WRIGHT WAY: Forgive us our debts?
Nov 13, 2013 | 1711 views | 0 0 comments | 171 171 recommendations | email to a friend | print
President Barack Obama said recently that he is sorry some Americans are losing their current health insurance plans as a result of the Affordable Care Act, despite assurances that Americans could keep their insurance plans if they liked them.

Obama said in an interview with NBC News, “I am sorry that they are finding themselves in this situation based on assurances they got from me.”

The Washington Post’s Juliet Eilperin called it “an unusual act of contrition for a president who has come under heavy criticism for misleading the public.” The Wall Street Journal’s Colleen McCain Nelson wrote, “Mr. Obama said he had intended to make good on his pledge but the administration wasn’t as clear as it should have been in describing the changes the new health law would bring.”

Yes, everyone from presidents and kings to parents and teachers say things they later regret. In fact, few can honestly say there is no one in their past to whom they do not owe an apology. As author David Augsburger said, “Since nothing we intend is ever faultless, and nothing we attempt ever without error and nothing we achieve without some measure of finitude and fallibility we call humanness, we are saved by forgiveness.”

Do you agree? Owing someone an apology can be a heavy burden to carry around. The guilt of exercising poor judgement or hurting someone can be haunting. But forgiveness can make it all go away. This makes it all the more important to practice forgiveness and learn to be good at it. As author Bryant McGill wrote, “There is no love without forgiveness and there is no forgiveness without love.” Yes, love is inherent in being able to forgive. So is compassion.

Jesus Christ taught a vital lesson about forgiveness at Matthew 18:23-35. He said, “The Kingdom of heaven is like this. Once there was a king who decided to check on his servants’ accounts. He had just begun to do so when one of them was brought in who owed him millions of dollars. The servant did not have enough to pay his debt, so the king ordered him to be sold as a slave, with his wife and his children and all that he had, in order to pay the debt. The servant fell on his knees before the king. ‘Be patient with me,’ he begged, ‘and I will pay you everything!’ The king felt sorry for him, so he forgave him the debt and let him go.

“Then the man went out and met one of his fellow servants who owed him a few dollars. He grabbed him and started choking him. ‘Pay back what you owe me!’ he said. His fellow servant fell down and begged him, ‘Be patient with me, and I will pay you back!’ But he refused; instead, he had him thrown into jail until he should pay the debt. When the other servants saw what had happened, they were very upset and went to the king and told him everything.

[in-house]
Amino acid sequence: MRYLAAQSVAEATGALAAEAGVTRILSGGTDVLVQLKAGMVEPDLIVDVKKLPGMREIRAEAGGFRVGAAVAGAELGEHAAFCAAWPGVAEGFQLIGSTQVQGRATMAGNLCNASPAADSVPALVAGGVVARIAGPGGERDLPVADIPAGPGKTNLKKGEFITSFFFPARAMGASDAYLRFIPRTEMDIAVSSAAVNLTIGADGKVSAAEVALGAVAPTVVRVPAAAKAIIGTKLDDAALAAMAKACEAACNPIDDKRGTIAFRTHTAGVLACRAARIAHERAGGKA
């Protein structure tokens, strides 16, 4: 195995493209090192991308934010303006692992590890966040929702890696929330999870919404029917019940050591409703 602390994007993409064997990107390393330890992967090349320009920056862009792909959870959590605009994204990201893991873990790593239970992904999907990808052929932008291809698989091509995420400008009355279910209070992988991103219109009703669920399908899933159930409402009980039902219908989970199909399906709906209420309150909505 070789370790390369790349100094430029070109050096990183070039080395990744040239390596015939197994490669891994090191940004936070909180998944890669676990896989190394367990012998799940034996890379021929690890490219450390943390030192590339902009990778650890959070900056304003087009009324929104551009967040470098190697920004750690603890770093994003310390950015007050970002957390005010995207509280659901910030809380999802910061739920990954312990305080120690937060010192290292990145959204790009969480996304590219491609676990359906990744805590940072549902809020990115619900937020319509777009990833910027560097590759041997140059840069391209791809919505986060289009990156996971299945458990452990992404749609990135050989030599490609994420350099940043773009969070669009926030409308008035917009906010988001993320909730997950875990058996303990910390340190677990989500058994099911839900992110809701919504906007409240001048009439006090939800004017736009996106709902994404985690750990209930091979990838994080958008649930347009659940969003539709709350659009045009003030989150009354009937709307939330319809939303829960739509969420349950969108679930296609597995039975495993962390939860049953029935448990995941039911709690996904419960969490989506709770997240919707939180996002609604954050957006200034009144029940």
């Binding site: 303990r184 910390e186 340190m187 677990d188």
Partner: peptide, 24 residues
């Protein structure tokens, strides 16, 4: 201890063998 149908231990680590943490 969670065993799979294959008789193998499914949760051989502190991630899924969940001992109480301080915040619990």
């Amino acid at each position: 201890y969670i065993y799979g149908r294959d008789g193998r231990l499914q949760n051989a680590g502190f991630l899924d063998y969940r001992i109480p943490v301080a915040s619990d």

“So he called the servant in. ‘You worthless slave!’ he said. ‘I forgave you the whole amount you owed me, just because you asked me to. You should have had mercy on your fellow servant, just as I had mercy on you.’ The king was very angry, and he sent the servant to jail to be punished until he should pay back the whole amount.” And Jesus concluded, “That is how my Father in heaven will treat every one of you unless you forgive your brother from your heart.” — Good News Translation.

Did you notice that the king did not force this unforgiving slave to go back and show his fellow servant mercy? No, he did exactly to him what the unforgiving slave did to his fellow man. He withheld mercy. Think about it. Every day we owe God countless apologies for our deliberate and unintentional sins. We are constantly in His debt. There is no way we can pay off this mounting debt.

God gladly forgives our debts. But there is one condition. Jesus said at Matthew 6:14-15, “For if you forgive other people when they sin against you, your heavenly Father will also forgive you. But if you do not forgive others their sins, your Father will not forgive your sins.” — New International Version.

Did you know God’s mercy toward you is based on your ability to forgive others? There is no way around this. We can excel in generosity, faith and righteous deeds, but if we do not learn how to forgive “from your heart,” we are not promised forgiveness. Instead, we are promised to be held accountable.

People can tell when an apology accepted is insincere. Resentment is hard to disguise — the fake smile, lack of eye contact, silence and keeping one’s distance. You know it. They know it. And God knows. Why not let the person off the hook for everyone’s sakes? You’ll feel better, they’ll feel better and God will feel better about you. Then you can pray as Jesus taught at Matthew 6:12: “Forgive us our debts, as we forgive our debtors.” — King James Version.

Think of how guilt can weigh you down, slow you up and pain your conscience. Then think of the person who lifts you up, forgives your errors, convinces you that all is forgiven! How wonderful did that feel? Well, God offers us everlasting forgiveness and everlasting life under His everlasting care. But to get forgiveness we must give it — and keep giving it!

Whether we have a high position or a low position in life, learning to apologize and being willing to accept the apologies of others will help us secure a favored position with Almighty God.

So learn to forgive. Offer it freely to all as Christ did — even on occasions when it is not asked (Luke 23:34). Then, and only then, in the sight of God, will you truly be debt free.